Toxoplasmosis is a zoonosis, in other words an illness that can be passed onto humans. It's a parasitic infection which can affect many animals but it's via cats that the parasites reproduce and spread.This illness can be very dangerous, particularly if you're pregnant. However, a cat is not the first cause of the transmission of toxoplasmosis among humans.Discover below exactly what toxoplasmosis is, how to avoid it, recognize it and the consequences it can have on a cat and a human's health.
1. What is toxoplasmosis ?
Toxoplasmosis is an illness brought on by a parasite called toxoplasma gondii. It can infect many mammals by forming cysts, each with about 3000 parasites.The cat is the main host of this parasite, meaning that it's only via a cat that it's able to develop and reproduce. A cat is generally contaminated when it eats raw, contaminated meat, mostly while out hunting.
Source: Pet Care Facts
Once digested, the parasites multiply in the cat's intestine, forming eggs which then come out in the cat's faeces. A contaminated cat can release several million toxoplasm eggs each day. This phenomenon lasts between one and three weeks and immunises the cat against all other infections.If the cat has access to the outside then the eggs can be deposited in nature and end up in the grass eaten by bovines which we then eat and thus have in our system.
The most susceptible cats are ones that have access to the outside and hunt. Contamination generally takes place at a young age, when the cat is first starting to hunt. Indoor cats can also be contaminated if they eat raw or undercooked meat.
2. Symptoms of toxoplasmosis in cats
Cat toxoplasmosis can show itself in two different ways; toxoplasma infection or toxoplasma disease.
Toxoplasma infection: This is the most common of the two and often goes unnoticed. During an infection, the cat ingests parasites which will then be reproduced in their intestines. As said earlier, they are excreted which then immunises the cat. There are usually no consequences other than a mild fever and tiredness. Around 60% of cats are affected.
Toxoplasma disease: This is significantly rarer. It's a classic infection that worsens when the cat's immune system is weak (leucosis, FIV, other infections...). Toxoplasms form cysts in the intestines which can lead to pancreatitis, pneumonia, serious neurological problems, hepatitis or even heart problems which can lead to a heart attack. The disease can also lead to abortions in pregnant cats or development problems with the kittens.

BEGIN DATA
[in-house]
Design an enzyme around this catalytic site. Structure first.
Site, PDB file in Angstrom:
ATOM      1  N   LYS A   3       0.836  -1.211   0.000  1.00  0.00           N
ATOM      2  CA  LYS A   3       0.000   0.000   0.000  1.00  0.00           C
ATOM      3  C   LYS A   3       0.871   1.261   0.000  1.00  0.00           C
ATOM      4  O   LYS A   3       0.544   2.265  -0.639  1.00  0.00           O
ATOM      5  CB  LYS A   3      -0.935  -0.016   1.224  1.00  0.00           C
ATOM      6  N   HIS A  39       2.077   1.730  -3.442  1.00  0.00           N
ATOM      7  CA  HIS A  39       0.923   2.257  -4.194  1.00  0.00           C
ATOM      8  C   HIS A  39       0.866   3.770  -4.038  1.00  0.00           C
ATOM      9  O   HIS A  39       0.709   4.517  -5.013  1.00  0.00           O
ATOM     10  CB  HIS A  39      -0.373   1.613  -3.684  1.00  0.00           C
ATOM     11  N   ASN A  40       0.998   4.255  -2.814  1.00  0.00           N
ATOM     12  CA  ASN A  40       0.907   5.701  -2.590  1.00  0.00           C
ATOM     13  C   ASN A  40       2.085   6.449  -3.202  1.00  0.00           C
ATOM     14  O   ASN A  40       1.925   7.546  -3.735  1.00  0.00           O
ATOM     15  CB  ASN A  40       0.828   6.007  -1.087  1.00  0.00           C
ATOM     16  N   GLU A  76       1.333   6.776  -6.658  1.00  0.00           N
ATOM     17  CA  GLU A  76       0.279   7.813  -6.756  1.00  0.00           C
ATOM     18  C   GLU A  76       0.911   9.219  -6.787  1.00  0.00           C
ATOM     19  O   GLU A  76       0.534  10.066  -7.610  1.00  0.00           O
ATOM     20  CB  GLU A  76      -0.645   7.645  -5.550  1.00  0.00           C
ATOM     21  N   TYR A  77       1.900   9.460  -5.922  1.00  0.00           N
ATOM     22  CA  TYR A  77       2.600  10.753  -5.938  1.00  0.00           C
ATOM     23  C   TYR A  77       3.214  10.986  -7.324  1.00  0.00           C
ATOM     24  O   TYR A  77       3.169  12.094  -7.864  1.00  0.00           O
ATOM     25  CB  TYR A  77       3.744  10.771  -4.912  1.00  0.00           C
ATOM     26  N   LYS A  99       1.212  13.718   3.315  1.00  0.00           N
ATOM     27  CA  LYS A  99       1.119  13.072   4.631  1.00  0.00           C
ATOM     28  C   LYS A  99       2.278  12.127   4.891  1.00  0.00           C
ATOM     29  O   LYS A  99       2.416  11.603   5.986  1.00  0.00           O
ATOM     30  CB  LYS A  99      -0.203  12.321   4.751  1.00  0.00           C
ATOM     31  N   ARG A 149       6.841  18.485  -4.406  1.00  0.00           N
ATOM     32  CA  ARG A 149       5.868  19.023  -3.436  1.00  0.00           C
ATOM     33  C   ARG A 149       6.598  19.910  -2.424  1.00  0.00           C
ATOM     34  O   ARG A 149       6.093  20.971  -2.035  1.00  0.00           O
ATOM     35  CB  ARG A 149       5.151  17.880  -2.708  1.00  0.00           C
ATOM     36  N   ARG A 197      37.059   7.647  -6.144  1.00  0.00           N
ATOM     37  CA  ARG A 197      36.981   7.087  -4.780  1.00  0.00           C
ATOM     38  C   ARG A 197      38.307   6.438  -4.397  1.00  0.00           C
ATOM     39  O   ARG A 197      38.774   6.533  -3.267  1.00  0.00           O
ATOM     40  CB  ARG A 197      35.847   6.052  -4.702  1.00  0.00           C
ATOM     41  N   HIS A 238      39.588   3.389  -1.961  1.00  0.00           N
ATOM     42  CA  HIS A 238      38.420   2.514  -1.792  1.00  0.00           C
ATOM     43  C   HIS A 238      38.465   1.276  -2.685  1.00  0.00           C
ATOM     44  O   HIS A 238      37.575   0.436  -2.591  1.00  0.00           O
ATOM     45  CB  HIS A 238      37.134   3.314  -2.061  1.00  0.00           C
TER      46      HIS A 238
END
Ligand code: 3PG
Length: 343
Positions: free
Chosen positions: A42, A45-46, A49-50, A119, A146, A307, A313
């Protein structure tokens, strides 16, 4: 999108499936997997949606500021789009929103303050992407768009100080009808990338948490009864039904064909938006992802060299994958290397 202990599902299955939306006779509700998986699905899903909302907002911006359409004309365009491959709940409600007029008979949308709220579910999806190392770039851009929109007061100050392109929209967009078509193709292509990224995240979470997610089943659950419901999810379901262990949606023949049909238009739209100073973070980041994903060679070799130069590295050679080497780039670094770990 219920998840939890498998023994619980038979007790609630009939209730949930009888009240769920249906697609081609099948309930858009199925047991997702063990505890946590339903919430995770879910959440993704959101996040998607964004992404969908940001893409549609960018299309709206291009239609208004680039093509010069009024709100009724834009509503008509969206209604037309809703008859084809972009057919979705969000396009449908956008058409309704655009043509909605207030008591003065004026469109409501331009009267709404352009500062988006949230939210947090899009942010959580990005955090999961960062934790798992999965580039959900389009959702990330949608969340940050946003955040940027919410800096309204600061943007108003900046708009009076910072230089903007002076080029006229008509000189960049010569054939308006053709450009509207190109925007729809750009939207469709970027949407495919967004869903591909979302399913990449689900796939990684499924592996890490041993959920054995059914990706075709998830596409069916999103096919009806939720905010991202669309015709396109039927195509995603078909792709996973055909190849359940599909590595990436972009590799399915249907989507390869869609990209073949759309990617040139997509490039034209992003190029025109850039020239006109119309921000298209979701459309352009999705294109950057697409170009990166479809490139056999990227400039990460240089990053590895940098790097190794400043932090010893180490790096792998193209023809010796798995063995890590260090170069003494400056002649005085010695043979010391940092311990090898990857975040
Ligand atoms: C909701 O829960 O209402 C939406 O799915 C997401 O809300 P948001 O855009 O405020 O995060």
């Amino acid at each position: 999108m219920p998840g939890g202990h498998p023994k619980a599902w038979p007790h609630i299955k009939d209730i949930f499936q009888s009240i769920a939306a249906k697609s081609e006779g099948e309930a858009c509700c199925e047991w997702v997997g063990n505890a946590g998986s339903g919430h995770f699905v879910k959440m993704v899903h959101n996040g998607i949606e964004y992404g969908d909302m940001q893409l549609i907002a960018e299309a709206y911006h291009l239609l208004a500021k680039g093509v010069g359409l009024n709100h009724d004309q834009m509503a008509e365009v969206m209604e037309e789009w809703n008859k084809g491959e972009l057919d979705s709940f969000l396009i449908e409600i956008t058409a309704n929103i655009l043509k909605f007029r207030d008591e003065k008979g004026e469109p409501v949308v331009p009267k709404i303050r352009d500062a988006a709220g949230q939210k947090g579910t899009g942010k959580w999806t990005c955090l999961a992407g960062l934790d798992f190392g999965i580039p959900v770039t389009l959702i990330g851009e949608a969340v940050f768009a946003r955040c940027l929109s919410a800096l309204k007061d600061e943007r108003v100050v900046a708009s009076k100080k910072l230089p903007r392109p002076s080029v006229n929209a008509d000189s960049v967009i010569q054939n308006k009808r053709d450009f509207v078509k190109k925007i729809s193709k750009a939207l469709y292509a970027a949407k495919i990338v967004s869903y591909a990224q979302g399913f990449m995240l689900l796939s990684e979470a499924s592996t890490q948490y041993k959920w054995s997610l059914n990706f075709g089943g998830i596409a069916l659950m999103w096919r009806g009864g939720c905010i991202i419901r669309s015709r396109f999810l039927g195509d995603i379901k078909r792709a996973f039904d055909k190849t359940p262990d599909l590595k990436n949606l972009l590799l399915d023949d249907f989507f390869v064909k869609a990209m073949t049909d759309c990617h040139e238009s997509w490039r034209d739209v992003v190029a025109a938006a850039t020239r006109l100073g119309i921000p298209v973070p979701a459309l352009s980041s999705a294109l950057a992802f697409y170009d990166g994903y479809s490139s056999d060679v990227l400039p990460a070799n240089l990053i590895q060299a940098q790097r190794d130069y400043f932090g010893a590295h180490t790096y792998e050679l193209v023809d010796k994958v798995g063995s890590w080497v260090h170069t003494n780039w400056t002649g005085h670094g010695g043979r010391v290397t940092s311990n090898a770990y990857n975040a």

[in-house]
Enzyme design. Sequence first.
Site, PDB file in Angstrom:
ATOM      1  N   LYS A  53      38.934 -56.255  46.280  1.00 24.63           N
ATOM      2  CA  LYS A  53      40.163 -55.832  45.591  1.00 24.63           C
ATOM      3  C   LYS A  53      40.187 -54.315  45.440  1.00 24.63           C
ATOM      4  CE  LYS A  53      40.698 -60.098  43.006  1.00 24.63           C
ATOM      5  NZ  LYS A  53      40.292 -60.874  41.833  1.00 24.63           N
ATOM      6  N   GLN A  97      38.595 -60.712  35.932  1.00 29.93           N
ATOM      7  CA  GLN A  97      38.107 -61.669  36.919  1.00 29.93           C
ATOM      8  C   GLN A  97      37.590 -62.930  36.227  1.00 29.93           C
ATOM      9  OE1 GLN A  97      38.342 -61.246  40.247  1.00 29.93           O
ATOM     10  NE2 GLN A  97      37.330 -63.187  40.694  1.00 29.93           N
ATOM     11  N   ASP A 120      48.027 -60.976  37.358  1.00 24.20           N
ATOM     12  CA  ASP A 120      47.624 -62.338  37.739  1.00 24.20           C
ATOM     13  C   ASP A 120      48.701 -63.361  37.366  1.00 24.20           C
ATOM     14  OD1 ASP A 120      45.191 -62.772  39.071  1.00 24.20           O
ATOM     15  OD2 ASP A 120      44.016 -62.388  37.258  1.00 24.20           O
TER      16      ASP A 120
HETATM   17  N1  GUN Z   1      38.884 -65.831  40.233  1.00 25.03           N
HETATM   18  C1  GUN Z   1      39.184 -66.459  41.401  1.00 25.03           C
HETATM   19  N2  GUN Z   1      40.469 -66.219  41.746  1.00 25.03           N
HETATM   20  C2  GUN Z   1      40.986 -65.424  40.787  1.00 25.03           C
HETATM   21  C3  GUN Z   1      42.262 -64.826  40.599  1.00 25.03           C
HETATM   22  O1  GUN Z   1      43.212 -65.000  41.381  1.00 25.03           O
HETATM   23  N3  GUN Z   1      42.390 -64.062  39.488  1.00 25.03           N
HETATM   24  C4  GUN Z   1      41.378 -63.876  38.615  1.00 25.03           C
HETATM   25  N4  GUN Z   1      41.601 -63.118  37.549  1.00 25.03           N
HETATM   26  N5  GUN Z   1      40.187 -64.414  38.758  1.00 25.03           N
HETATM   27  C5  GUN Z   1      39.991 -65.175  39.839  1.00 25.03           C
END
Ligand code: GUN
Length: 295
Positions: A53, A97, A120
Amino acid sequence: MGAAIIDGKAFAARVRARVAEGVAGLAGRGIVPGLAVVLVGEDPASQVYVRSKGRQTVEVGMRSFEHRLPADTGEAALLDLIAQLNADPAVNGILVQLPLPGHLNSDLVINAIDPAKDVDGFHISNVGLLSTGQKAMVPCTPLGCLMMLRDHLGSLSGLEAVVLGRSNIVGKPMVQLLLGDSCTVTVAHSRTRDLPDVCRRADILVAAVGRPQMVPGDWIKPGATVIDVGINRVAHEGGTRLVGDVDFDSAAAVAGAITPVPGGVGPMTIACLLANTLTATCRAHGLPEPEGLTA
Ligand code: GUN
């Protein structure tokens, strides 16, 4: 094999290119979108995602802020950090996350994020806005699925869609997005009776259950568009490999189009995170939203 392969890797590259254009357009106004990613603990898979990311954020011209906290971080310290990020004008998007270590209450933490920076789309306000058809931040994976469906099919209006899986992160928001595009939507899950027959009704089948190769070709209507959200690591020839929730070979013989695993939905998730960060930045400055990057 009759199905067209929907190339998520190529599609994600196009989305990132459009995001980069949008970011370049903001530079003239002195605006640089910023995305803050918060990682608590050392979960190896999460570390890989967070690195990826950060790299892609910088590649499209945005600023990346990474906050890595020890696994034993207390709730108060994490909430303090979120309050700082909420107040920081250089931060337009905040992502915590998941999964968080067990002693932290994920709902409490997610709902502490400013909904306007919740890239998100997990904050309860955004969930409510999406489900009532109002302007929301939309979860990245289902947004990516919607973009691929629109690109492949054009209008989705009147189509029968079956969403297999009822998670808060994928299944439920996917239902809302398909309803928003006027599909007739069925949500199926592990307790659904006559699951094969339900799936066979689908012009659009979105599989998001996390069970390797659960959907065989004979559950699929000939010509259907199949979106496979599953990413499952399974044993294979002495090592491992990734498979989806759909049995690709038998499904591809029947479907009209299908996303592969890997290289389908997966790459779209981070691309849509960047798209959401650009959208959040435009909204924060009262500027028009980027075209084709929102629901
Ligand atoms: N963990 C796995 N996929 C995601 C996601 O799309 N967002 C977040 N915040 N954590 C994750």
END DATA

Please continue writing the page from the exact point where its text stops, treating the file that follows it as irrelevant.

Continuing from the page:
3. Diagnosis and treatment of toxoplasmosis in cats
A toxoplasmic infection usually goes undiagnosed, not needing any treatment.In the case of a toxoplasmic disease. the diagnosis is difficult to clearly establish at the beginning. The possibility of other illness such as cat HIV, leucosis or peritonitis needs to be eliminated first. Examining the stools is useless as the cat will only release eggs on the first couple of days after the infection.
Source: My pet reference
One of the most effective ways of knowing if your cat is infected, is by looking at its eyes; a cat infected with toxoplasm disease will develop uveitis or chorioretinitis, also known as eye inflammation. However, this can also be diagnosed as something completely separate to toxoplasmosis.In cases where the disease is diagnosed, an antibiotic treatment will be given. After three weeks of this, the cat will no longer be contagious even if it's still being treated.If a neurological problem appears during the disease and continues after treatment then it is sadly irreversible.There is currently no vaccine protecting cats against toxoplasmosis. Shop bought food and limited time outside hunting are the only ways to protect your cat.
4. Toxoplasmosis in pregnant cats
Toxoplasmosis can be transmitted to humans. There are usually no serious consequences for humans, except if you're pregnant. An infection can last up to six months and can have grave consequences on the foetus' health.
Source: The cat connection
It is therefore advised that non-immune pregnant women take great care with regard to cats during pregnancy.However, according to a european study done by the Food and Agriculture Organisation (FAO) in 2000, only 0,1% of toxoplasmosis cases among humans are due to contamination via cat faeces.Danger comes mainly from eating undercooked or raw meat which makes up for 63% of cases. There is hence no point in avoiding all contact with your cat during pregnancy.Wear gloves when you clean out your cat's litter. This should be enough to avoid contamination by this way.
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